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Targeted approaches




Jaime,
Well, I agree chemotherapy has its uses, but I would resort to it only if all else failed ("targeted" approaches are fast replacing it). In a similar way biologists now look for targeted approaches to kill pests, rather than the old "spray everything with pesticide" from a plane. And root canals are apparently being found to be the source of many serious infections in other parts of the body, and the "save the tooth at all costs" approach apparently has serious drawbacks.
Benton is looking at the long-term repercussions and sees a lot of problems with the PhyloCode approach (unnecessary invasive surgery?), that is going affect taxonomy (for everyone) for a very, very long time.
Like it or not, most professional biologists prefer Linnean classification, and its intuitiveness for the "populace" is just a side benefit, not the primary reason we use it. Bats and rats were easily classified by everyone (until pure cladism started to muddy the water). And if high-schoolers had electric cars almost everyone would understand how they operate----they could even teach auto mechanics in home economics class.
Unnecessary complexity and specialization (that has had obvious deterimental effects in other areas of human endeavor) should be resisted, and taxonomy may be plunging headlong into the wrong direction. I feel sorry for the poor high-schoolers of the next couple of generations who will really be confused and frustrated. Cladists have strong "beliefs" that their approach is superior, and that all be well in a couple of generations when all the rest of us are "educated". But many of us see gridlock and a bunch of unforeseen side-effects, and our dirty, expensive, complex transportation system should be taken as a lesson and cautionary tale. The same goes for invasive medical procedures for which we are now substituting safer alternatives.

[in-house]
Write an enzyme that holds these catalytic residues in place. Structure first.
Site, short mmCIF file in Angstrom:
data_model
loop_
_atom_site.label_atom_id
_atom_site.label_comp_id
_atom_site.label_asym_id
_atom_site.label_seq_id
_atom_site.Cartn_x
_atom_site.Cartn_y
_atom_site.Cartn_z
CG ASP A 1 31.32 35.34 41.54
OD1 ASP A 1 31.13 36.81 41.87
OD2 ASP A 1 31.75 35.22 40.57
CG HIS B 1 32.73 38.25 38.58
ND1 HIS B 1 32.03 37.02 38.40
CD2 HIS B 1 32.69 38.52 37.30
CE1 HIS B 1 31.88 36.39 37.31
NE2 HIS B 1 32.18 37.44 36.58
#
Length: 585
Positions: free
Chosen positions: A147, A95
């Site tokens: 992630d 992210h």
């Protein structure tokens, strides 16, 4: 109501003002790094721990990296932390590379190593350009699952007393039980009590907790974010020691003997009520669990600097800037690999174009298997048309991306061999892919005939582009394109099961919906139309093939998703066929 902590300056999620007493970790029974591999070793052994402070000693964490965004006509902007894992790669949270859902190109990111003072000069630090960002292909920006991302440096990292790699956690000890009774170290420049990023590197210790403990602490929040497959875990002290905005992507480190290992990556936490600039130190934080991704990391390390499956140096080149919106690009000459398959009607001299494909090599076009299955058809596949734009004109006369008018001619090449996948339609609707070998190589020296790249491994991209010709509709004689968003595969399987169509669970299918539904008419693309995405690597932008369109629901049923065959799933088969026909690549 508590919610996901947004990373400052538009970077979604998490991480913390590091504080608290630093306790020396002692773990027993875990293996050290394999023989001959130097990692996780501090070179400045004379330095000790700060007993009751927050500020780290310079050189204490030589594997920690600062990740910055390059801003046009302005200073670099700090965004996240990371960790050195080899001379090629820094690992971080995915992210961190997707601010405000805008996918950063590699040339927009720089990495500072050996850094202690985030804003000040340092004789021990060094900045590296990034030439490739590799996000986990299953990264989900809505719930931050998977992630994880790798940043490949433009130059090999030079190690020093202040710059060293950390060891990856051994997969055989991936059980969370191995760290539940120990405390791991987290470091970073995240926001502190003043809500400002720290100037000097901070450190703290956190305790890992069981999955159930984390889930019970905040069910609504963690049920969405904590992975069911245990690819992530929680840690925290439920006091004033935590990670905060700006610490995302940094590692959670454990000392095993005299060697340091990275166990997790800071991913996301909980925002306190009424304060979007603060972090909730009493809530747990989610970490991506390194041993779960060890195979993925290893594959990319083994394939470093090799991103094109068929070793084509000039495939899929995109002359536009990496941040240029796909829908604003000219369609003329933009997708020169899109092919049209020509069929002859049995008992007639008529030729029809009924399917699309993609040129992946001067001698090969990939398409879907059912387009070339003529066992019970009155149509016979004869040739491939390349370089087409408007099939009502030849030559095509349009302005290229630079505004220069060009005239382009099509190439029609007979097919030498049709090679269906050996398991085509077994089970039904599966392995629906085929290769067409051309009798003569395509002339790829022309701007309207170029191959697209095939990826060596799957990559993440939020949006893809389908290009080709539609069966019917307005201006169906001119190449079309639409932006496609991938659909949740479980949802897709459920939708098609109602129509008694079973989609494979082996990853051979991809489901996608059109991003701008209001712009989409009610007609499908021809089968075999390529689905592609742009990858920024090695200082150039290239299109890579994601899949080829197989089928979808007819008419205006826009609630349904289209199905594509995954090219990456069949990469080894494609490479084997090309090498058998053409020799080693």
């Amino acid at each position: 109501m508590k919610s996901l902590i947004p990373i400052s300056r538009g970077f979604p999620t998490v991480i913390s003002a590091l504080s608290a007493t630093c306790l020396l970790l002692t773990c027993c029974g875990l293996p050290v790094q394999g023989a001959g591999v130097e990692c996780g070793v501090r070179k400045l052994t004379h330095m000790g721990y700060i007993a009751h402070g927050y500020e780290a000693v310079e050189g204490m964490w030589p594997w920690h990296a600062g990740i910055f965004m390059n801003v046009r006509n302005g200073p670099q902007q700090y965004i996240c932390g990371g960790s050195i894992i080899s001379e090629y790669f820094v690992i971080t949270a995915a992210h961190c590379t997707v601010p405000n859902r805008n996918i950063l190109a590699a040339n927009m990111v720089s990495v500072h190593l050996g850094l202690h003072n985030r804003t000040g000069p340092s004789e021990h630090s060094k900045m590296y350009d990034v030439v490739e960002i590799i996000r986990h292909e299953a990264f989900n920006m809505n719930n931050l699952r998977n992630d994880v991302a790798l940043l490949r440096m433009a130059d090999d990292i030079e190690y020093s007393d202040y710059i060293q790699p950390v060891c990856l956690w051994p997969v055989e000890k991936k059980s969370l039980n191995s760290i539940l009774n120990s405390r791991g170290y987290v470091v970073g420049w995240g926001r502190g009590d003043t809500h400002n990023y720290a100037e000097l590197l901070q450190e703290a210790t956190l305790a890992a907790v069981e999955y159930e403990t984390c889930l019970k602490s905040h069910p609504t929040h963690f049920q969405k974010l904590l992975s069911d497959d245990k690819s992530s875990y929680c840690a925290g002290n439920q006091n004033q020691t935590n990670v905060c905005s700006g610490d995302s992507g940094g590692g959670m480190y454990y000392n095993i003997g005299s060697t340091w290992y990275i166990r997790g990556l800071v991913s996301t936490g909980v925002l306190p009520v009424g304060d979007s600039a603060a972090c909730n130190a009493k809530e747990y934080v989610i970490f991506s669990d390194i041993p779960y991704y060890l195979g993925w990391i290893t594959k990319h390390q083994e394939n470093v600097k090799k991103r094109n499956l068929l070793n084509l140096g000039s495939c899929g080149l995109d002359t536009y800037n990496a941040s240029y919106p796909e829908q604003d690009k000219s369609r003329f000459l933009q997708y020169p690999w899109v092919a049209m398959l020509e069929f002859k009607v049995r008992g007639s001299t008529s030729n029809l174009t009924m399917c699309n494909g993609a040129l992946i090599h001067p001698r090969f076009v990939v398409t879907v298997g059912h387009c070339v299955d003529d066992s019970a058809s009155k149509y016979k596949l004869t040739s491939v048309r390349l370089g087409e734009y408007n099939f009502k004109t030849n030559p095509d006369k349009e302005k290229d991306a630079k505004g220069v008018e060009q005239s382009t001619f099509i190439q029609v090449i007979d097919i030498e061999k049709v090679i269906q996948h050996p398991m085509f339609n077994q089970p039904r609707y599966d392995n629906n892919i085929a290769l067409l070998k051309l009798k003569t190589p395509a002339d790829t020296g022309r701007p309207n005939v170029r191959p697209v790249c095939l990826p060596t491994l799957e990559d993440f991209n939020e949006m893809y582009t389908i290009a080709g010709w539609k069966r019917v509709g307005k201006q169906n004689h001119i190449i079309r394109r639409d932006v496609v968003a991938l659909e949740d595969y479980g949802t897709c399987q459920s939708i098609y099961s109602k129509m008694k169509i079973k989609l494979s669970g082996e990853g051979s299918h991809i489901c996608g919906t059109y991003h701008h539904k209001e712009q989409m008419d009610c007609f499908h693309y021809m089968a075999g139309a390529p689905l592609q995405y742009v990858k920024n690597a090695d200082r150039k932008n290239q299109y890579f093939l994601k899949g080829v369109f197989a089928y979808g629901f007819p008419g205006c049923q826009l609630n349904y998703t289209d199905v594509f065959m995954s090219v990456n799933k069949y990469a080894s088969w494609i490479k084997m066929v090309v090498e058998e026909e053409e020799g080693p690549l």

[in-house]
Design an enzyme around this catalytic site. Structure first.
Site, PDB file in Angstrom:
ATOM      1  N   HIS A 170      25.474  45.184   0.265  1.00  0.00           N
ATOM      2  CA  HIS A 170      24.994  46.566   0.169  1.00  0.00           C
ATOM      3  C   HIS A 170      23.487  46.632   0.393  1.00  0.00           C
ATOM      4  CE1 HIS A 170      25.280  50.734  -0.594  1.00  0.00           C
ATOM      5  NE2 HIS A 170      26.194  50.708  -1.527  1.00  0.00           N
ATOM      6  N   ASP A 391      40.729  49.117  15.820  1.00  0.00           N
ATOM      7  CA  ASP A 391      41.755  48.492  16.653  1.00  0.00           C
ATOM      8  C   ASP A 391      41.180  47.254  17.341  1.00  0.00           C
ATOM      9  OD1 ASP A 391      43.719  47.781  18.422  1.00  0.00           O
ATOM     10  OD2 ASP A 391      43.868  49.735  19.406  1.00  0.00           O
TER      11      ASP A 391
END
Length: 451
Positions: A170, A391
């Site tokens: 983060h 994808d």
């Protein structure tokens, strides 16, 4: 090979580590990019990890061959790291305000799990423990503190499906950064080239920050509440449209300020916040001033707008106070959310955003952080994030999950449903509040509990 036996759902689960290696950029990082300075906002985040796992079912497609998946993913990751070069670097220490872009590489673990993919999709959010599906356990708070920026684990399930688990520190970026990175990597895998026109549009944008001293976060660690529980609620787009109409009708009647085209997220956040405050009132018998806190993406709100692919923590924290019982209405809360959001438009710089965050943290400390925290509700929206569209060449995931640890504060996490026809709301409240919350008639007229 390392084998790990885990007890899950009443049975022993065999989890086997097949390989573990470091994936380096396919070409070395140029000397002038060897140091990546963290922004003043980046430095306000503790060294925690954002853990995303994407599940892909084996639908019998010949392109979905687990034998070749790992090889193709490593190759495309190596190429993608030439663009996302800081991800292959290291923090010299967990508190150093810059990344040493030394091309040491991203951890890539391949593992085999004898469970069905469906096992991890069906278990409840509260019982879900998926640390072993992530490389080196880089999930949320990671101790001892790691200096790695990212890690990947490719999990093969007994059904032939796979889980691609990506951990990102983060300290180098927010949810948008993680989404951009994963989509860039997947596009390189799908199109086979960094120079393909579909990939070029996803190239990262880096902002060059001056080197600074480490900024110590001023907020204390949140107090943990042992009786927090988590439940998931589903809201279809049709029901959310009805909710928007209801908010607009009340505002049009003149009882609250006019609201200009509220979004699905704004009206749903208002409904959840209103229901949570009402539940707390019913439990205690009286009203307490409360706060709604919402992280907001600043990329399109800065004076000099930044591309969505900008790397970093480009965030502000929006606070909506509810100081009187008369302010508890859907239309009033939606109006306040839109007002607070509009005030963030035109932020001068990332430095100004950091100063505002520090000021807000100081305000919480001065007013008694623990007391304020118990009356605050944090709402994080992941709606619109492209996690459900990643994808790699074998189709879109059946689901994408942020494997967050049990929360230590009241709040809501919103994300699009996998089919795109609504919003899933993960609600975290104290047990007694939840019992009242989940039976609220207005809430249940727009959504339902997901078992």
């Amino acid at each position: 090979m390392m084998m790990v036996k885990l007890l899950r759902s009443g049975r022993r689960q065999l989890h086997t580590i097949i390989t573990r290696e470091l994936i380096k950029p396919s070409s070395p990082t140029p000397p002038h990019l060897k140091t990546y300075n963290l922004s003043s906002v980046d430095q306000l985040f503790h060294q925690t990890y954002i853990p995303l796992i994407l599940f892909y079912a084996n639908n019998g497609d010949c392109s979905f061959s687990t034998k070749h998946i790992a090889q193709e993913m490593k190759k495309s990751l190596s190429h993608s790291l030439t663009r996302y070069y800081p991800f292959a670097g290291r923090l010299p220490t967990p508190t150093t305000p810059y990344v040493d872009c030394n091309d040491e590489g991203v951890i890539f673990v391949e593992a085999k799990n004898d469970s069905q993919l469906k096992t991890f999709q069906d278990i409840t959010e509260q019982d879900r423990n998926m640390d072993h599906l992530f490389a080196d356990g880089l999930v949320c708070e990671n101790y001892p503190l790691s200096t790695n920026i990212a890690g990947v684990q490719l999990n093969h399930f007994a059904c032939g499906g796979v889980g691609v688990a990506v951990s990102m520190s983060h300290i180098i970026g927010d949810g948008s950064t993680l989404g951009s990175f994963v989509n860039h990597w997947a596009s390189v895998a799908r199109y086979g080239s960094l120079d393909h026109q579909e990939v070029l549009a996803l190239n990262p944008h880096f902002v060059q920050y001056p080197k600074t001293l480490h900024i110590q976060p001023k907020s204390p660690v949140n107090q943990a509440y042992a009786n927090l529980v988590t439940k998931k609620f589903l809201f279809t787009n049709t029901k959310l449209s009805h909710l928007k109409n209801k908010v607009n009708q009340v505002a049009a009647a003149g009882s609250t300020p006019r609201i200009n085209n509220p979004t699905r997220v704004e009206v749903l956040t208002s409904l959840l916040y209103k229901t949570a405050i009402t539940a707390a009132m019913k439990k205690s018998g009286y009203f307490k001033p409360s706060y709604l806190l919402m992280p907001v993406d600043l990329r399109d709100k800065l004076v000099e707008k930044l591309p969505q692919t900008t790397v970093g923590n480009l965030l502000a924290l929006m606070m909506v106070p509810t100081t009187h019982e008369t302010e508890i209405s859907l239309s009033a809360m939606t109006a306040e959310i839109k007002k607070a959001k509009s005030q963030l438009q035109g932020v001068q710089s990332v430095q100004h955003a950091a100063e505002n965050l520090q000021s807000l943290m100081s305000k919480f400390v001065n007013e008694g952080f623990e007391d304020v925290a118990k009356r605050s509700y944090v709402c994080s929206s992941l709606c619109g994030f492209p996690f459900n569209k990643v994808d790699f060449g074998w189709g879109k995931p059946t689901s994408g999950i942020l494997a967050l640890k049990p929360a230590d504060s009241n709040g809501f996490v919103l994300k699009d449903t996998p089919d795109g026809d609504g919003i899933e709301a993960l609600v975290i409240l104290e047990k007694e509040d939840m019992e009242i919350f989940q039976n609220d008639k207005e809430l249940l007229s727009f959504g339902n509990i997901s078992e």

Simpler is not only easier and less expensive, it is often "better" once we evaluate all the side-effects of the more complex. Taxonomy needs fewer formal names, not more.
-------Ken Kinman
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